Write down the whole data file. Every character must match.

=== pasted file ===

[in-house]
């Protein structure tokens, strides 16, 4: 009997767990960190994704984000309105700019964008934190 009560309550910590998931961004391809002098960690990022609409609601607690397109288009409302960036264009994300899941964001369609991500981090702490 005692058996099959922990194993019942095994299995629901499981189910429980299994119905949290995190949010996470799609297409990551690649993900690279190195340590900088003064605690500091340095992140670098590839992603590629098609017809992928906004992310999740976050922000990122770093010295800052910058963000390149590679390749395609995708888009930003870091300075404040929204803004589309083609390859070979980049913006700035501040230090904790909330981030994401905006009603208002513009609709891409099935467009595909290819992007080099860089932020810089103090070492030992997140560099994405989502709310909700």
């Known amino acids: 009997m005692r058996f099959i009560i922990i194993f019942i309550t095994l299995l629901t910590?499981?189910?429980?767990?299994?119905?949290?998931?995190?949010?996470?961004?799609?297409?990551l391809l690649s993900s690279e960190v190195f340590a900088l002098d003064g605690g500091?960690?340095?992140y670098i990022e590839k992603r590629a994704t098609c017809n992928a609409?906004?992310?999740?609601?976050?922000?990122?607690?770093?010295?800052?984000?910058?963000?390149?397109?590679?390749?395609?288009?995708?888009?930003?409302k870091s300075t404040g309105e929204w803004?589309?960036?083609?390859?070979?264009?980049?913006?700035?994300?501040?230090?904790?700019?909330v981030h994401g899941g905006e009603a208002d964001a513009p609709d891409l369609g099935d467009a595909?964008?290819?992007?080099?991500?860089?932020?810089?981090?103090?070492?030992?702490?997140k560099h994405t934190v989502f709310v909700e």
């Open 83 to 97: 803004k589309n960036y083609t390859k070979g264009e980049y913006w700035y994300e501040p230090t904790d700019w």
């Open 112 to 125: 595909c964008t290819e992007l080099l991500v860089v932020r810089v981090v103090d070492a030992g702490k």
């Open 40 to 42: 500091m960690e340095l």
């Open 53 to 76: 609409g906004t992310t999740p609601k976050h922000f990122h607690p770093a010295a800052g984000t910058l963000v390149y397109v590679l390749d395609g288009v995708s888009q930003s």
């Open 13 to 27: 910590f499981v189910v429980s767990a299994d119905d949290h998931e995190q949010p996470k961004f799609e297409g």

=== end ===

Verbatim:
[in-house]
């Protein structure tokens, strides 16, 4: 009997767990960190994704984000309105700019964008934190 009560309550910590998931961004391809002098960690990022609409609601607690397109288009409302960036264009994300899941964001369609991500981090702490 005692058996099959922990194993019942095994299995629901499981189910429980299994119905949290995190949010996470799609297409990551690649993900690279190195340590900088003064605690500091340095992140670098590839992603590629098609017809992928906004992310999740976050922000990122770093010295800052910058963000390149590679390749395609995708888009930003870091300075404040929204803004589309083609390859070979980049913006700035501040230090904790909330981030994401905006009603208002513009609709891409099935467009595909290819992007080099860089932020810089103090070492030992997140560099994405989502709310909700």
């Known amino acids: 009997m005692r058996f099959i009560i922990i194993f019942i309550t095994l299995l629901t910590?499981?189910?429980?767990?299994?119905?949290?998931?995190?949010?996470?961004?799609?297409?990551l391809l690649s993900s690279e960190v190195f340590a900088l002098d003064g605690g500091?960690?340095?992140y670098i990022e590839k992603r590629a994704t098609c017809n992928a609409?906004?992310?999740?609601?976050?922000?990122?607690?770093?010295?800052?984000?910058?963000?390149?397109?590679?390749?395609?288009?995708?888009?930003?409302k870091s300075t404040g309105e929204w803004?589309?960036?083609?390859?070979?264009?980049?913006?700035?994300?501040?230090?904790?700019?909330v981030h994401g899941g905006e009603a208002d964001a513009p609709d891409l369609g099935d467009a595909?964008?290819?992007?080099?991500?860089?932020?810089?981090?103090?070492?030992?702490?997140k560099h994405t934190v989502f709310v909700e």
């Open 83 to 97: 803004k589309n960036y083609t390859k070979g264009e980049y913006w700035y994300e501040p230090t904790d700019w």
């Open 112 to 125: 595909c964008t290819e992007l080099l991500v860089v932020r810089v981090v103090d070492a030992g702490k």
């Open 40 to 42: 500091m960690e340095l």
């Open 53 to 76: 609409g906004t992310t999740p609601k976050h922000f990122h607690p770093a010295a800052g984000t910058l963000v390149y397109v590679l390749d395609g288009v995708s888009q930003s």
């Open 13 to 27: 910590f499981v189910v429980s767990a299994d119905d949290h998931e995190q949010p996470k961004f799609e297409g």